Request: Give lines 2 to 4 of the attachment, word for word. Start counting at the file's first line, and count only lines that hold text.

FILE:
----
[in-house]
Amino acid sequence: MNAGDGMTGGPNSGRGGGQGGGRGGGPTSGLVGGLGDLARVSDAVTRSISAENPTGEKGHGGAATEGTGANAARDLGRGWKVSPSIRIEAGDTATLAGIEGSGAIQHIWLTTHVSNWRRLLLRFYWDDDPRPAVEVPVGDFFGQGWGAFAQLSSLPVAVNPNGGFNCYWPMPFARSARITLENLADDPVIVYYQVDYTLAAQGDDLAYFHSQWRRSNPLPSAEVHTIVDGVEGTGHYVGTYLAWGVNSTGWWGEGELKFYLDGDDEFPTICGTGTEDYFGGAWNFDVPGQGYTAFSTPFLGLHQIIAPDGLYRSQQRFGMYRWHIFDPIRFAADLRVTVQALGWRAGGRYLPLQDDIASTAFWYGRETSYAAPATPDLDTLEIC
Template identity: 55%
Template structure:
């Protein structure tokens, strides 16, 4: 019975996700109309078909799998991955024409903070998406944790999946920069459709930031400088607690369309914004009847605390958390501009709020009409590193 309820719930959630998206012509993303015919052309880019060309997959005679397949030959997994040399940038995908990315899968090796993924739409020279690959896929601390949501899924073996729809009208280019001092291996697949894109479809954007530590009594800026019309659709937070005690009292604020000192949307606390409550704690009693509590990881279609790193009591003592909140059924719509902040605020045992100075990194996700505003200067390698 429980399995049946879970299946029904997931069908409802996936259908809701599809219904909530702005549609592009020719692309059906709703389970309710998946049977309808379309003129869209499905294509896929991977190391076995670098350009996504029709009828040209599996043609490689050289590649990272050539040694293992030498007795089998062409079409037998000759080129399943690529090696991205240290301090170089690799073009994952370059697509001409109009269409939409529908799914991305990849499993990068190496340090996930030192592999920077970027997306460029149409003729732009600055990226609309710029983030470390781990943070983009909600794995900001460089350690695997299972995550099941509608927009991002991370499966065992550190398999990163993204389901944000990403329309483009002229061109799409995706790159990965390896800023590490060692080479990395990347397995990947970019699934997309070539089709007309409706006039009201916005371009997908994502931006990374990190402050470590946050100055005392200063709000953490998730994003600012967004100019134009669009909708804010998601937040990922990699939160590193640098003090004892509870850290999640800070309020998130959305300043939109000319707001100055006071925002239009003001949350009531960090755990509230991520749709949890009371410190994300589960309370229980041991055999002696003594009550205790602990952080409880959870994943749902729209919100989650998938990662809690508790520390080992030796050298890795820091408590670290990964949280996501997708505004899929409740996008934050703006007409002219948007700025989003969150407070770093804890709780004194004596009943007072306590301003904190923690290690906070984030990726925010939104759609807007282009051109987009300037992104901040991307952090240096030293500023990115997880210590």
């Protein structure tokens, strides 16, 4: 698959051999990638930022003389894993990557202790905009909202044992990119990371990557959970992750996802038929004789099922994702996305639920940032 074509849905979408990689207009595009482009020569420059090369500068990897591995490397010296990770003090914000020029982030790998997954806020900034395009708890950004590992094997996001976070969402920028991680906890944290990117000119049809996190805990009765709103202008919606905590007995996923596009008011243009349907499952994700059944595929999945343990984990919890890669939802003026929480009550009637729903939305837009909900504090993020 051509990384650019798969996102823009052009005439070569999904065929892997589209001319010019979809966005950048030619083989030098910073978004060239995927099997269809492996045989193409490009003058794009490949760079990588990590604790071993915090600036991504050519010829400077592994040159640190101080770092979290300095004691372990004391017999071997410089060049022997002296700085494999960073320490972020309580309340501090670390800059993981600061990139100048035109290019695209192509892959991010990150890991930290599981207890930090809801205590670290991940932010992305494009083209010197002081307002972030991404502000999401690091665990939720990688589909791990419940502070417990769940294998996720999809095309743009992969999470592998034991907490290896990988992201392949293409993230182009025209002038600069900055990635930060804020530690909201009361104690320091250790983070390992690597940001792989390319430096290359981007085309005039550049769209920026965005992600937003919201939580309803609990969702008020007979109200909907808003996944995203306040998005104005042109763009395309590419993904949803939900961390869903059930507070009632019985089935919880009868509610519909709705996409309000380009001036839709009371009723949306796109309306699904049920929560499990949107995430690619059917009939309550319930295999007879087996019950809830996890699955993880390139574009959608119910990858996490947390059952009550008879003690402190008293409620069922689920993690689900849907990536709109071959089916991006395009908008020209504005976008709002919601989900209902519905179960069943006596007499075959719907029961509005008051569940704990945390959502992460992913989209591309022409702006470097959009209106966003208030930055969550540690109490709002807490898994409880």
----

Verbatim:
Amino acid sequence: MNAGDGMTGGPNSGRGGGQGGGRGGGPTSGLVGGLGDLARVSDAVTRSISAENPTGEKGHGGAATEGTGANAARDLGRGWKVSPSIRIEAGDTATLAGIEGSGAIQHIWLTTHVSNWRRLLLRFYWDDDPRPAVEVPVGDFFGQGWGAFAQLSSLPVAVNPNGGFNCYWPMPFARSARITLENLADDPVIVYYQVDYTLAAQGDDLAYFHSQWRRSNPLPSAEVHTIVDGVEGTGHYVGTYLAWGVNSTGWWGEGELKFYLDGDDEFPTICGTGTEDYFGGAWNFDVPGQGYTAFSTPFLGLHQIIAPDGLYRSQQRFGMYRWHIFDPIRFAADLRVTVQALGWRAGGRYLPLQDDIASTAFWYGRETSYAAPATPDLDTLEIC
Template identity: 55%
Template structure: